|Publication number||US4755402 A|
|Application number||US 07/021,113|
|Publication date||Jul 5, 1988|
|Filing date||Mar 3, 1987|
|Priority date||Mar 3, 1987|
|Also published as||CA1283268C|
|Publication number||021113, 07021113, US 4755402 A, US 4755402A, US-A-4755402, US4755402 A, US4755402A|
|Inventors||Timothy T. Oberle|
|Original Assignee||W. R. Grace & Co., Cryovac Div.|
|Export Citation||BiBTeX, EndNote, RefMan|
|Patent Citations (7), Referenced by (46), Classifications (18), Legal Events (9)|
|External Links: USPTO, USPTO Assignment, Espacenet|
The invention relates to thermoplastic multi-layer barrier packaging films and bags or pouches made therefrom. In particular, this invention relates to films and bags having heat shrink and cold seal properties, that give good seal strength and wherein the outer layer comprises nylon directly adhered to a barrier layer comprising a polyvinylidene chloride copolymer.
Shrinkable and heat sealable thermoplastic barrier films are being used in the packaging of non-food products as well as the packaging of food products such as meat, cheese, poultry and the like.
A laminate film known from U.S. Pat. No. 3,741,253 comprises a core layer of a vinylidene chloride copolymer (i.e. saran, a well known barrier material) between a layer of a cross-linked ethylene-vinyl acetate copolymer (EVA) used as an inner sealant layer and an outer layer of ethylene-vinyl acetate copolymer which is not cross-linked.
As disclosed in U.S. Pat. No. 4,064,296 the core layer may also be a hydrolized ethylene-vinyl acetate copolymer (EVOH). EVOH is also known as vinyl alcohol polymer and is commercially available from Kuraray Company of Japan as EVAL. It has oxygen barrier properties similar to those of saran, i.e. copolymers of polyvinylidene chloride (PVDC), and offers the advantage that it may be irradiated without discoloration.
Many attempts have been made with barrier films to combine good shrink properties with satisfactory strength, toughness, and sealability while simplifying processing and saving processing costs by eliminating adhesive interlamination between a pair of adjacent layers. Nylon is known for its toughness. When one of the layers of a barrier film is an EVOH barrier material and another is nylon, it is already known from U.S. Pat. No. 4,355,721 (1982) (assignee: American Can) that EVOH directly adheres well to nylon. This patent relates to a heat sealed package for commercial sterilization and unrefrigerated storage of food products wherein the multilayer polymeric material of the package has an interior oxygen barrier layer consisting essentially of a vinyl alcohol polymer which is essentially free of acetal groups. Furthermore, that nylon directly adhered to EVOH may be employed in a heat shrinkable (oriented film) is also known from U.S. Pat. No. 4,501,798 (1985) (assignee: American Can). But there is still room for improvement in having a pair of adjacent layers in direct contact with each other when one layer comprises nylon (also herein referred to as polyamide, sometimes abbreviated as PA) and the other barrier layer comprises a polyvinylidene chloride copolymer.
As is discussed in copending U.S. Ser. No. 911,936, commonly assigned to W. R. Grace and Co., filed Sept. 26, 1986, the disclosure of which is incorporated herein by reference, more recently low density linear polyethylenes have become commercially available and have also been proposed for packaging applications. Actually the so called linear low density polyethylenes are copolymers of ethylene and varying amounts of higher alpha-olefins with e.g. 5 to 10 carbon atoms per molecule (U.S. Pat. No. 4,076,698) or 3 to 8 carbon atoms per molecule (published European patent application No. 120503). Depending on their density these materials are referred to as linear low density polyethylene (LLDPE) or very low density polyethylene (VLDPE), the separation line being at a density of about 0.910 g/cm3. Some properties of VLDPE have been described in Plastics Technology, September 1984, page 113 and October 1984, page 13 as well as in a company brochure published in February 1984 by DSM in the Netherlands and entitled "Stamilex PE". Their properties are said to be a unique combination between those of standard polyethylene and polyolefinic rubbers. Their sealability and their compatibility with other polymers has been mentioned.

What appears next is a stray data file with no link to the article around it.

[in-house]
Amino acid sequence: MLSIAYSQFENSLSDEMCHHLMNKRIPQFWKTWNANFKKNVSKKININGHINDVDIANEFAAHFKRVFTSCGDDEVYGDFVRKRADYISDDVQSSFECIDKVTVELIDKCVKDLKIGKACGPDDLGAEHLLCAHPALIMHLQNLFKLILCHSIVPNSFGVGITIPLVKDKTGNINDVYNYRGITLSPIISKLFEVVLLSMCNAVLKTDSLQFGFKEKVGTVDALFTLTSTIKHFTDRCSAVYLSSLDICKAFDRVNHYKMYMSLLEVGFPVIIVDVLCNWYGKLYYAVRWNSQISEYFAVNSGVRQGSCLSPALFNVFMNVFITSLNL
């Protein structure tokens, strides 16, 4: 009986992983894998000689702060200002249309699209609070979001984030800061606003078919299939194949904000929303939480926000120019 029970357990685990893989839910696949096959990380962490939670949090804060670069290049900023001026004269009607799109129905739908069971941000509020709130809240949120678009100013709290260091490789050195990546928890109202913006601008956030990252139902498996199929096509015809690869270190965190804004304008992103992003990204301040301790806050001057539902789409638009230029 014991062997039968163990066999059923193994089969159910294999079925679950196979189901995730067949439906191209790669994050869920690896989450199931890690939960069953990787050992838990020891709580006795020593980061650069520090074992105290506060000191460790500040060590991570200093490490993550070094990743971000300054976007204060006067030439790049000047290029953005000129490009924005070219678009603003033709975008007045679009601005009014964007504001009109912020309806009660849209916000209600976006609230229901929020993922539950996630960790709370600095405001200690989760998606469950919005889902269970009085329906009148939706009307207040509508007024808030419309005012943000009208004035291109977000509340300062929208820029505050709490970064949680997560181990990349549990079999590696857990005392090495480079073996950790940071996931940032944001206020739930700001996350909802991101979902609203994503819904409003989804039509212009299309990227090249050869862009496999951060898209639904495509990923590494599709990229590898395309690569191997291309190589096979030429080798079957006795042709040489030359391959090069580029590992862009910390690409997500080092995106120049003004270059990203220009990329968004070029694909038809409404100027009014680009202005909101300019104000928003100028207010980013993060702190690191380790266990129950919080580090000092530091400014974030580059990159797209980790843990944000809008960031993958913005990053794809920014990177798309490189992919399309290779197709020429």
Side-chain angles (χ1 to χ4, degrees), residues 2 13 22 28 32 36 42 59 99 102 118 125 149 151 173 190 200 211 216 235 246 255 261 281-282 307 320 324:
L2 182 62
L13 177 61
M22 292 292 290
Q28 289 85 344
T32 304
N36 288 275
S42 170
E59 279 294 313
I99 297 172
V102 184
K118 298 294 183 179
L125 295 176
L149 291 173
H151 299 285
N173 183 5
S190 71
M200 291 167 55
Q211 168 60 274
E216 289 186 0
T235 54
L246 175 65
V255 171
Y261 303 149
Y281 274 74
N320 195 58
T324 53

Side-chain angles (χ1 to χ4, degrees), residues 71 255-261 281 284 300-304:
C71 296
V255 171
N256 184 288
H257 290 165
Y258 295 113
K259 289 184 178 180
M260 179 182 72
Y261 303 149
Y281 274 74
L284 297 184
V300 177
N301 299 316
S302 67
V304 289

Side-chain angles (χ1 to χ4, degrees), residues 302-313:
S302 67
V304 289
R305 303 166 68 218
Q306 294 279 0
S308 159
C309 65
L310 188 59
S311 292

The gist of U.S. Ser. No. 911,936 is to provide a material combining improved shrinkability, increased maximum shrink temperature, good cold seal strength and sealability through contamination. This is achieved by a thermoplastic multi-layer barrier packaging film having an inner heat sealing layer comprising a copolymer of ethylene and x to y% by weight, based on the copolymer, of an alpha-olefin with 4 to 8 carbon atoms, whereby x=0.5nC +8 and y=1.25 nC +15 with nC being the number of carbon atoms in the alpha-olefin, said copolymer having a density of less than 0.920 g/cc. Preferably the inner heat sealing layer comprises a copolymer of ethylene and 12 to 20% by weight, based on the copolymer, of an alpha-olefin with 4 to 8 carbon atoms. Although in terms of domination, the scope of the claimed invention in U.S. Ser. No. 911,936 would not exclude a PVDC layer directly adhered to a nylon layer, the laboratory Examples of U.S. Ser. No. 911,936 wherein the outside layer comprises polyamide (PA) (reproduced below as a Comparative Example) always show the PA adhered to the adjacent oxygen barrier PVDC layer with an adhesive, namely acid modified EVA. Therefore, what is positively taught is use of an adhesive. It has been surprisingly found by the present inventor that the nylon "outside" layer embodiment of the films according to U.S. Ser. No. 911,936, which films have the improved properties mentioned above because of the "inner" heat sealing layer being a linear copolymer of ethylene and alpha-olefin having a density less than about 0.920 g/cm3, can be made without the need for the acid-modified EVA adhesive to provide inter layer adherence between the PA layer and the PVDC barrier layer. Moreover, other barrier films wherein the "inner" sealing layer is other than that according to U.S. Ser. No. 911,936, (for instance, sealing layers of other materials such as an inner layer of EVA, an inner layer of LLDPE having a density greater than 0.920, etc.) can be made in accordance with the present invention having an outer layer comprising nylon wherein the nylon is directly adhered to the adjacent PVDC barrier layer without the need for any adhesive therebetween.